Tuesday, August 01, 2006

Doomed Fan Letters

Have you ever written a literary fan letter that you really, truly believed deserved an answer? Well, neither have I, but that doesn’t stop me from trying. I wrote a whiny, begging letter to Phillip Levine about 10 years ago, after reading an article of his about the state of poetry that struck me as both perceptive and encouraging. Here was a man who would immediately see the merits of my work, I thought, so I sent off a few sample poems with some soothing flattery to help the medicine go down.
Did I hear back from the illustrious Mr. Levine? Sadly but unsurprisingly, no.
So this summer, ten years later, I decided to aim a bit less high. I’d been in Montreal and had picked up a pretty darn good book of poems (entitled "Hello Serotonin") by a semi-hipsterish-looking dude named Jon Paul Fiorentino. Not a major literary celebrity, that’s for sure. I mean, he’s from Winnipeg, though he rails violently against that fact, and claims Montreal as his second home.
I am still willing to say that the poems are pretty good, though I will now add the caveat they’re somewhat marred by an excessive use of theoretical jargon (he sprinkles in the word "performative" a bit too often for my taste). They hooked me by their skewed lyricism; the speaker knows he’s in bad shape, but can’t resist making a poem to celebrate that fact. A poem about singing with a throat full of strep is representative.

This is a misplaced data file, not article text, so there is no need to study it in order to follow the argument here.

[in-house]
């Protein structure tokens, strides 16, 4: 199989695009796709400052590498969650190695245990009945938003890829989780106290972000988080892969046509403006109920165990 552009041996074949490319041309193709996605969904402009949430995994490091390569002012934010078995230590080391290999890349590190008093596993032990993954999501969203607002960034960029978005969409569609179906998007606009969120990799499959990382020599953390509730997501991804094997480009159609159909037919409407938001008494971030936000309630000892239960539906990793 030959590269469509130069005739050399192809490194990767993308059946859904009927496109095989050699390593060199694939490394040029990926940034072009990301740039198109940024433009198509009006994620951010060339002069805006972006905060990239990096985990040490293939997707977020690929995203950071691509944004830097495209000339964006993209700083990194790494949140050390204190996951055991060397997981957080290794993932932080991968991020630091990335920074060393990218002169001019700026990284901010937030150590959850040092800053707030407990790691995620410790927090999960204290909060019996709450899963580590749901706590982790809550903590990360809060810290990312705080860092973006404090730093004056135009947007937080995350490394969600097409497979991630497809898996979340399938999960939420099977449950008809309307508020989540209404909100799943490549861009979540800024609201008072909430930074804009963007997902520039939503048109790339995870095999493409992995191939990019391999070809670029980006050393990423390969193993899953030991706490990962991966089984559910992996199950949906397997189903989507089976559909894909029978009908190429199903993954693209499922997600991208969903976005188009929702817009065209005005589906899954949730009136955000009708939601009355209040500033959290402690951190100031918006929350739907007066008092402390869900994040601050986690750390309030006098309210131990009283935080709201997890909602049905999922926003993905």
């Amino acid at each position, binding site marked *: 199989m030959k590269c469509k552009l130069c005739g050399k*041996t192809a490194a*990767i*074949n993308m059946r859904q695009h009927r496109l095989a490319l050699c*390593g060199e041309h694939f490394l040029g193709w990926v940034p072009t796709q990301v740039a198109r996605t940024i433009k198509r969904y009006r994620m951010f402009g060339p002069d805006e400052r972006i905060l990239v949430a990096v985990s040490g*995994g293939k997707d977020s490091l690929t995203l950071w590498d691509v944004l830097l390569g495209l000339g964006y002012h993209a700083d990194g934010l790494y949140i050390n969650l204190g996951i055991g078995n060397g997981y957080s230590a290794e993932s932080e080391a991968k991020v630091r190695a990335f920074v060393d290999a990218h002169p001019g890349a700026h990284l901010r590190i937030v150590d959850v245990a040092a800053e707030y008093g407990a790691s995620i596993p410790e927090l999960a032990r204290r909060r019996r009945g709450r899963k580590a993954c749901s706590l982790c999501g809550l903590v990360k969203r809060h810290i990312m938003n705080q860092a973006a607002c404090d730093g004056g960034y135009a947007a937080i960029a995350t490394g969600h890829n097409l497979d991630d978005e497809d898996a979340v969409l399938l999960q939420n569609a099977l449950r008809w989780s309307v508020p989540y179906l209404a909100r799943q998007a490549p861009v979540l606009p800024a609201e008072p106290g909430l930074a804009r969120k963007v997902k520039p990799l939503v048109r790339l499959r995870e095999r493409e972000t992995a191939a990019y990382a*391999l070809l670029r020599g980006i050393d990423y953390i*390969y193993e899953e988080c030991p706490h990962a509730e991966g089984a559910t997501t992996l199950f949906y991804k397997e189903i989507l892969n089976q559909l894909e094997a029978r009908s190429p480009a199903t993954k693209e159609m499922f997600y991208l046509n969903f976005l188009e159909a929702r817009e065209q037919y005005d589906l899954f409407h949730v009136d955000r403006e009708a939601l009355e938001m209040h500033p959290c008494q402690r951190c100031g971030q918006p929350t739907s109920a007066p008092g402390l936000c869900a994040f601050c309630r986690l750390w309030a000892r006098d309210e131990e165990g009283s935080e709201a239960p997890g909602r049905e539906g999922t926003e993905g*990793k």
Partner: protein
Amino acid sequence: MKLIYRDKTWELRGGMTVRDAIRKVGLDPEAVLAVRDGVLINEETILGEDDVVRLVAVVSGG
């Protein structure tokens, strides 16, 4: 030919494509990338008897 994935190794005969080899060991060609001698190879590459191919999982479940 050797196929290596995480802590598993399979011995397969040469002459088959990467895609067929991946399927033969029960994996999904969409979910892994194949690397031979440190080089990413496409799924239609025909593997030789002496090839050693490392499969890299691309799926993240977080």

He also manages to seem quaintly rebellious without really offending my sense of social decency. He writes in tongue-in-cheek fashion about burning down Westmount, Montreal’s wealthy Anglophone enclave, where I lived for a year before deciding it was too anal retentive for me.
I’ve misplaced the book, so I can’t quote from it. Sorry. J
So for this month’s blog entry, I’m going to post the verse letter I emailed him. Qua poem isn’t not my finest effort, and qua fan letter it’s probably infuriating, but as a blend of the two genres it’s at least faintly readable.



Fan Letter
(For Jon Paul Fiorentino)

I bought your book on a whim,
on a wager with myself:
I offered to stop hating poetry
if I could read three pages without feeling
insulted, prodded or coddled.

I saw that you were as good as me,
maybe. Good enough not
to be threatened by me. And to say so.
Maybe even good enough to help me
get my difficult next book published.
(Forget I just said that,
but let the suggestion operate
on a nagging subliminal level.)

Let’s start our own school
of hypochondriac, narcoleptic poetry,
with honorary correspondence degrees
conferred on unsuspecting students.
Let’s read each other’s work and compare it
to what we thought our own could be.
Let’s be thankful for the silence
that distance enforces.
Let’s keep the secret of our perfect sanity,
insulated and apologetic.
Let’s respect each other’s jargon of innocence.
Let’s compare influences
and gauge their collateral damage.

Two men haunted by Sylvia Plath
are made for each other, in a medical sense,
as if growing alternate, duplicate organs
for sudden and gratuitous swaps.
This is not an emergency yet.
But do answer instantly, just in case.

Now why would anyone fail to respond immediately to this mixture of impertinence, grudging admiration and presumption? I ask you. No doubt I happened upon a dead email address. Though it never bounced back to me.

Feel free to share your experiences with this frustrating genre. See you next month (summer hiatus is over)

Brad

5 Comments:

Blogger Victor Schnickelfritz said...

Señor Shirker de la Miracle—

I will make a few comments before I make a few comments.

The JPF fan letter piece is a fun little romp, but I think you should bloglink this post to his blogger spot straight up. Jon Paul Fiorentino's blog. These are the days of post-fan letter. This is the era of my blog eats/meets your blog. Ah! the beauty of the Internet. It is like the beauty of a dismantled clock.